Composite Quarter Eliptic Mono Leaf Springs
Composite springs are the new wave of performance spring material. They are lighter than steel, respond faster, last up to 5 times longer, and will not rust or corrode like traditional leaf springs. The monoleaf design also ensures noise and friction-free performance, while providing the softest, smoothest ride imaginable.
- For use with '32 Lo-Boy Roadster kit and '27 Track-T Roadster kit
- Weighs 60% less than similar steel leaf springs
- Will not de-arch with age as most steel leafs do
- Will not corrode
- Bushing width: 2-7/8"
- Spring material width at locating bolt: 2-3/32"
- Shackle hole: 1/2"
- Dimension from center of eye to end of spring is 21-3/8"
- From center of eye to center of pin is 19-1/8"
- This product is discontinued.
- Get FREE shipping when your order includes this item and exceeds $99! Ground shipping only in the contiguous US.
Q & A
Tim talks about what options we have for hot rod shocks.
Learn how to mount a traditional transverse rear leaf spring. These tips will help the installation run smoothly and successfully.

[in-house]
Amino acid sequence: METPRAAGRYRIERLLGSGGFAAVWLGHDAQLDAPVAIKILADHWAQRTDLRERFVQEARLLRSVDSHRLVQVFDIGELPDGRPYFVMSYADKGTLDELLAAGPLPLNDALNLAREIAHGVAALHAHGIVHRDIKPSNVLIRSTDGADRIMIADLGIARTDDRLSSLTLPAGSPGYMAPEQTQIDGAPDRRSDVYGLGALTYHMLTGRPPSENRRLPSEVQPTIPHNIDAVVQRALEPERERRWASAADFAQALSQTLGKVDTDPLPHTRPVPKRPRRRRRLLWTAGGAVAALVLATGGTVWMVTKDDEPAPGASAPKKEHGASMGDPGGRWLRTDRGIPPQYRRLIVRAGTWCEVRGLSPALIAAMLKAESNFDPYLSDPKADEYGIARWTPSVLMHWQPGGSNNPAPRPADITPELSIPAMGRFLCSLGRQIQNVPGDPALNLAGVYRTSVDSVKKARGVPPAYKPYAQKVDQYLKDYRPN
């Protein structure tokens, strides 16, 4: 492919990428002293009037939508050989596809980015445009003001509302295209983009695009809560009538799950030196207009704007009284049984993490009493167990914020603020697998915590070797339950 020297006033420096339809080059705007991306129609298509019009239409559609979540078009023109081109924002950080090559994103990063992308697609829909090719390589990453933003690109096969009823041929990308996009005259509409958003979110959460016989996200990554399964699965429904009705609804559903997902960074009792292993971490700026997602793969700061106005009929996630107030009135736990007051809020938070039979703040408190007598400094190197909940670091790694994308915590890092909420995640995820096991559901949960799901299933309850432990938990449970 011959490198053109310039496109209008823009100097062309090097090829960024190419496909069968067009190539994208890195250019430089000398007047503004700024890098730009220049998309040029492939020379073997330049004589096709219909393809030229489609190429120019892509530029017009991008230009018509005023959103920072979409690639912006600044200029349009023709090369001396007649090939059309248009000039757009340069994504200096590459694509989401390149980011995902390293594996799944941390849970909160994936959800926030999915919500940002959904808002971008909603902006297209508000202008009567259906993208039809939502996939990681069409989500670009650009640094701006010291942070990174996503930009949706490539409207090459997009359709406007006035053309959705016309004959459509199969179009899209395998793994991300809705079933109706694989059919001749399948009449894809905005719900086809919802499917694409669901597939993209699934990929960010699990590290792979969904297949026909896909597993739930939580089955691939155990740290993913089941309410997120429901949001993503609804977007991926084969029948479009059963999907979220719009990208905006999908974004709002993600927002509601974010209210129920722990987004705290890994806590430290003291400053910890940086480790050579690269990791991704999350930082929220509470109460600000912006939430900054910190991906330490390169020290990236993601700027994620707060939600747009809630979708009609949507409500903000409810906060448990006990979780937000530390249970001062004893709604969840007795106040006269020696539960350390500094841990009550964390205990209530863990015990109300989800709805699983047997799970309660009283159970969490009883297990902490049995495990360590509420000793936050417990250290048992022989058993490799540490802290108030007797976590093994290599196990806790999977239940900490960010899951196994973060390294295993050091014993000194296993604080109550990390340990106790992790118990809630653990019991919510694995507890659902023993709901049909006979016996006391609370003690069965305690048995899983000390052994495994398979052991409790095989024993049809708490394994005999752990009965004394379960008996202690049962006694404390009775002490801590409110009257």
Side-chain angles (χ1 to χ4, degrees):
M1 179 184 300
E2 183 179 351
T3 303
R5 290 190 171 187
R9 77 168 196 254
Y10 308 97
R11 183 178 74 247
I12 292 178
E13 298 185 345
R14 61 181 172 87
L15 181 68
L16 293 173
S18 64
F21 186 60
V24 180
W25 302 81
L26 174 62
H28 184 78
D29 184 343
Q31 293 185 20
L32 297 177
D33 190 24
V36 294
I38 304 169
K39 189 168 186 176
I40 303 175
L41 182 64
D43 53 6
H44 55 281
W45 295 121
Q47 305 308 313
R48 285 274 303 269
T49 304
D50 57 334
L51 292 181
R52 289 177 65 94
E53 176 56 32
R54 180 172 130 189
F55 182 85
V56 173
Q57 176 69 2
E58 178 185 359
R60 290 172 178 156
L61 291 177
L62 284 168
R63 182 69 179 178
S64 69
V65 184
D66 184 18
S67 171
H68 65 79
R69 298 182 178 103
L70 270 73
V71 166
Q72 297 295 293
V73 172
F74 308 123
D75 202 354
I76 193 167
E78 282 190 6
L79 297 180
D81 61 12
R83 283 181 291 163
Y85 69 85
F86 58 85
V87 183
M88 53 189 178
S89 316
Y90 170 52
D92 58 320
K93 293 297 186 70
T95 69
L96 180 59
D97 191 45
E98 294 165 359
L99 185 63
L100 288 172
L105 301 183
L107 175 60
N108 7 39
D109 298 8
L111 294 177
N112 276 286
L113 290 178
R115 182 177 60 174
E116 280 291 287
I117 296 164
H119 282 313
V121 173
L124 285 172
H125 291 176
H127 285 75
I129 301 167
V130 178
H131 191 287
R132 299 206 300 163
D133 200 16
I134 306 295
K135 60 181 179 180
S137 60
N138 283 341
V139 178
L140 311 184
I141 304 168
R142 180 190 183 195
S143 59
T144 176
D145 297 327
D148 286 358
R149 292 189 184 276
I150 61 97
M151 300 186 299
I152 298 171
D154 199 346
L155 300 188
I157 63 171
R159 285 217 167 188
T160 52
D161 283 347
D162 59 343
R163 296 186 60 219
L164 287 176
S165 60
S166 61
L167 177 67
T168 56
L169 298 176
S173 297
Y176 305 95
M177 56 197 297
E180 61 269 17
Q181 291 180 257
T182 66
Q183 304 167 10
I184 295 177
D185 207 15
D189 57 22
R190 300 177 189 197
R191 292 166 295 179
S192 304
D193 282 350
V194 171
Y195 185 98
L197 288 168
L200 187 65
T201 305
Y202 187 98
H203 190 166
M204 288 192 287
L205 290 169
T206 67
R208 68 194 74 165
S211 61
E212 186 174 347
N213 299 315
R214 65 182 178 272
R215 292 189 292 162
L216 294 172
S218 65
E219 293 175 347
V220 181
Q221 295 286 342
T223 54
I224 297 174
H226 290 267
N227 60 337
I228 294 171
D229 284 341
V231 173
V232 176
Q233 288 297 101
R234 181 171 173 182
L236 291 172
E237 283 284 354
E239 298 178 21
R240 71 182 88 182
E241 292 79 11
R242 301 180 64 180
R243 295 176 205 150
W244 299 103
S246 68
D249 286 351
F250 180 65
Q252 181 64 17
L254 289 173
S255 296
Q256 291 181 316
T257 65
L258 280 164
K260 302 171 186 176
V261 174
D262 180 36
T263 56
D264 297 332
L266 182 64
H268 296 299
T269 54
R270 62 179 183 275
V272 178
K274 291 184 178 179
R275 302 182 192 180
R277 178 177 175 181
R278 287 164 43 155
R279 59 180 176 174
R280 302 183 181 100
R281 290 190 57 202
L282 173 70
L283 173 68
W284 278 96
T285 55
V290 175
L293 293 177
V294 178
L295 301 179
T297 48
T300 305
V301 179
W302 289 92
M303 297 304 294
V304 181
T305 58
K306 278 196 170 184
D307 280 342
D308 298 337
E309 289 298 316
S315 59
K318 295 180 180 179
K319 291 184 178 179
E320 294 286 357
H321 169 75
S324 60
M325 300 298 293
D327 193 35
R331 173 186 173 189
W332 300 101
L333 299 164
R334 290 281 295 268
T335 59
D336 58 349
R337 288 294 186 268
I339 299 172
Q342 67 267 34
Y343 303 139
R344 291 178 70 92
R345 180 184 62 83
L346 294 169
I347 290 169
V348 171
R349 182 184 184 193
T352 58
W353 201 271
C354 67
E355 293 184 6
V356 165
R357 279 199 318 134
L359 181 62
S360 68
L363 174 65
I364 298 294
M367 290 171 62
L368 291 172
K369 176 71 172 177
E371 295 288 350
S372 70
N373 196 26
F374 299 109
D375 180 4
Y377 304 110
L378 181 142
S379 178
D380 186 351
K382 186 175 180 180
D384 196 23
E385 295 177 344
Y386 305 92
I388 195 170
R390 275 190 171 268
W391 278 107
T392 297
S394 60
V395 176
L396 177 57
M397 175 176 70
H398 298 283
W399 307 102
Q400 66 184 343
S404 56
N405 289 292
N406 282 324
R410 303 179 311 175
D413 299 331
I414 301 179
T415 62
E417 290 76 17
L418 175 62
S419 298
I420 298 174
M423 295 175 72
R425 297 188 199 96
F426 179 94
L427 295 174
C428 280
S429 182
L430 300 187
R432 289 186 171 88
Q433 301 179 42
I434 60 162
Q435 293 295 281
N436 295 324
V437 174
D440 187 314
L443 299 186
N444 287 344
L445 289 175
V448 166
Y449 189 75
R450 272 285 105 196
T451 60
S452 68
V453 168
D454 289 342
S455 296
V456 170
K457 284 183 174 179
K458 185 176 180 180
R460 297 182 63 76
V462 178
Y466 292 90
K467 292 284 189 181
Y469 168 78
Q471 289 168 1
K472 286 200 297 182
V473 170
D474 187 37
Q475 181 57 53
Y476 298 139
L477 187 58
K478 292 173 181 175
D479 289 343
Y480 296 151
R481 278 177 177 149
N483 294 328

Learn how to lower a hot rod by modifying the axles and some history behind early hop ups. This project features a Ford axle with wishbones for a Model A.
Speedway Street Tech Kevin goes over the install of the TCI 1949-54 Chevy Car Rear Leaf Spring Kit on his '54 BelAir sedan.
When it comes to a traditional style build on an early hot rod it just has to be rolling on a solid front axle of some sort. In this buyer's guide we take you through I-beam and round tube solid axles, spindle choices, radius rod needs, and more.
Our hot rod expert takes you through his ford I beam axle setup. Follow as he sets up the front end on his split wishbone front suspension Model A.
Follow this guide on how to install a splined sway bar for GM A-body applications. See the installation process on a '68 Chevelle frame using stock control arms and factory chassis bolt and pad locations.